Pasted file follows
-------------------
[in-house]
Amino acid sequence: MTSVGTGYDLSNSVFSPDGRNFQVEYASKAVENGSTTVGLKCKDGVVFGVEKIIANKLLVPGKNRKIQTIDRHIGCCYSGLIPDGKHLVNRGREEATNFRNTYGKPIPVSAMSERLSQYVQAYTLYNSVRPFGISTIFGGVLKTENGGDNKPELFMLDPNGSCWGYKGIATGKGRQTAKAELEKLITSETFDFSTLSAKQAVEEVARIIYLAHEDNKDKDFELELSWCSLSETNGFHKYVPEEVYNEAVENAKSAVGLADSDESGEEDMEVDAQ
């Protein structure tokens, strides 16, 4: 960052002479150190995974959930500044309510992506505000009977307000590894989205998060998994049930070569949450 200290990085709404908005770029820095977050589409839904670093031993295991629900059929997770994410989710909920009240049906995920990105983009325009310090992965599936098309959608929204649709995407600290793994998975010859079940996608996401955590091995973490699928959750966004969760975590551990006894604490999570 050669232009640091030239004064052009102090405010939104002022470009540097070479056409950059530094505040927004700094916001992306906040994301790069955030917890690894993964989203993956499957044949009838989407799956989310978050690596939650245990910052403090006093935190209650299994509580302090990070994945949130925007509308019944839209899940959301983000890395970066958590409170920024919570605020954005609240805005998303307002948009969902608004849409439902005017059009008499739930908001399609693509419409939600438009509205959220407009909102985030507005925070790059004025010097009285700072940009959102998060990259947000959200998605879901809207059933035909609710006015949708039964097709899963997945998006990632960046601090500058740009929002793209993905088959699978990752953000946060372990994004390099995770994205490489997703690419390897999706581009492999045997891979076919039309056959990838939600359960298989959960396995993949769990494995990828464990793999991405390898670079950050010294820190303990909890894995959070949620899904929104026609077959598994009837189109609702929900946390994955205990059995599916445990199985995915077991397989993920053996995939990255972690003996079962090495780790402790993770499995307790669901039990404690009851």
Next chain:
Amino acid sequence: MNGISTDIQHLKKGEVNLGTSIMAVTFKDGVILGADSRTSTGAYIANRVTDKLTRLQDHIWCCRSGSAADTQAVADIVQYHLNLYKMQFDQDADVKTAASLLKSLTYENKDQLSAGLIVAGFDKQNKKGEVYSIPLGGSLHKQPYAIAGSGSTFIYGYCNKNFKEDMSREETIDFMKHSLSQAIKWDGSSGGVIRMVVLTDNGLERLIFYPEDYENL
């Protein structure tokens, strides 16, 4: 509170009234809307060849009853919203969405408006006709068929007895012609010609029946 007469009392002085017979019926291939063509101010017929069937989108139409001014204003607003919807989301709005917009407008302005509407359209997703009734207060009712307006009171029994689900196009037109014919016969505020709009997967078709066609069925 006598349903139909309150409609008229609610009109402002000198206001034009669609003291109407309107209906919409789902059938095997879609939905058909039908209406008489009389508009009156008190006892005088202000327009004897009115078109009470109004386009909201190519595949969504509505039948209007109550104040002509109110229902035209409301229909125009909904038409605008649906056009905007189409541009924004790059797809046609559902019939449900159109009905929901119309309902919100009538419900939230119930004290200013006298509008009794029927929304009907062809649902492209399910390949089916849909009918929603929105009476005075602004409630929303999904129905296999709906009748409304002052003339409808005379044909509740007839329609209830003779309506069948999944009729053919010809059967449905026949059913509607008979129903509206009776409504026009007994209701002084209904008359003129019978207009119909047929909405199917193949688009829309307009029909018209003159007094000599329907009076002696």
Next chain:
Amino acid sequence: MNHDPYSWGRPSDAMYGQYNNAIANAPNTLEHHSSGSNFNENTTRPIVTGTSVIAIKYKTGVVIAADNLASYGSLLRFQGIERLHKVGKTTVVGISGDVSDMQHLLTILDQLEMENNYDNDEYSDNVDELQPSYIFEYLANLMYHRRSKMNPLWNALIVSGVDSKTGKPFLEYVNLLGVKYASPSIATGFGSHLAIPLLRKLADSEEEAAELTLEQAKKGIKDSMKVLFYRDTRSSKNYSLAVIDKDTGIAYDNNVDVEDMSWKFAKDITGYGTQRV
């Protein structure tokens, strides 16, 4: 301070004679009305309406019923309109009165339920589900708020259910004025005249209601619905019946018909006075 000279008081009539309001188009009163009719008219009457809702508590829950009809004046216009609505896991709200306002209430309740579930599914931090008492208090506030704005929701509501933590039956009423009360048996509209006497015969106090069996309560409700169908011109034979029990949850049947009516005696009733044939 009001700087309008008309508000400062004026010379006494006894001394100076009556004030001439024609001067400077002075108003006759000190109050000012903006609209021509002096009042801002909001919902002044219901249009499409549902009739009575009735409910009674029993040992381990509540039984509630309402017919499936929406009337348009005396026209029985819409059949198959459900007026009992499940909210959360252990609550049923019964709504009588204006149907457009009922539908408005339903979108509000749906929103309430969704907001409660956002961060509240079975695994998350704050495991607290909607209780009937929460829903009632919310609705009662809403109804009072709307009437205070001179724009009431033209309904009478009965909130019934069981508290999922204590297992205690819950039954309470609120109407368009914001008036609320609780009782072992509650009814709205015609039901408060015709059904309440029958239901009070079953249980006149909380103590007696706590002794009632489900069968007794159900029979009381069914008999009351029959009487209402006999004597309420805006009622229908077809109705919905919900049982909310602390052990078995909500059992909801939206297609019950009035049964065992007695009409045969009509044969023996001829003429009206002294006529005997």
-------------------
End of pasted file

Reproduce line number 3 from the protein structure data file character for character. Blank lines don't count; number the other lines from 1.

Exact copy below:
């Protein structure tokens, strides 16, 4: 960052002479150190995974959930500044309510992506505000009977307000590894989205998060998994049930070569949450 200290990085709404908005770029820095977050589409839904670093031993295991629900059929997770994410989710909920009240049906995920990105983009325009310090992965599936098309959608929204649709995407600290793994998975010859079940996608996401955590091995973490699928959750966004969760975590551990006894604490999570 050669232009640091030239004064052009102090405010939104002022470009540097070479056409950059530094505040927004700094916001992306906040994301790069955030917890690894993964989203993956499957044949009838989407799956989310978050690596939650245990910052403090006093935190209650299994509580302090990070994945949130925007509308019944839209899940959301983000890395970066958590409170920024919570605020954005609240805005998303307002948009969902608004849409439902005017059009008499739930908001399609693509419409939600438009509205959220407009909102985030507005925070790059004025010097009285700072940009959102998060990259947000959200998605879901809207059933035909609710006015949708039964097709899963997945998006990632960046601090500058740009929002793209993905088959699978990752953000946060372990994004390099995770994205490489997703690419390897999706581009492999045997891979076919039309056959990838939600359960298989959960396995993949769990494995990828464990793999991405390898670079950050010294820190303990909890894995959070949620899904929104026609077959598994009837189109609702929900946390994955205990059995599916445990199985995915077991397989993920053996995939990255972690003996079962090495780790402790993770499995307790669901039990404690009851």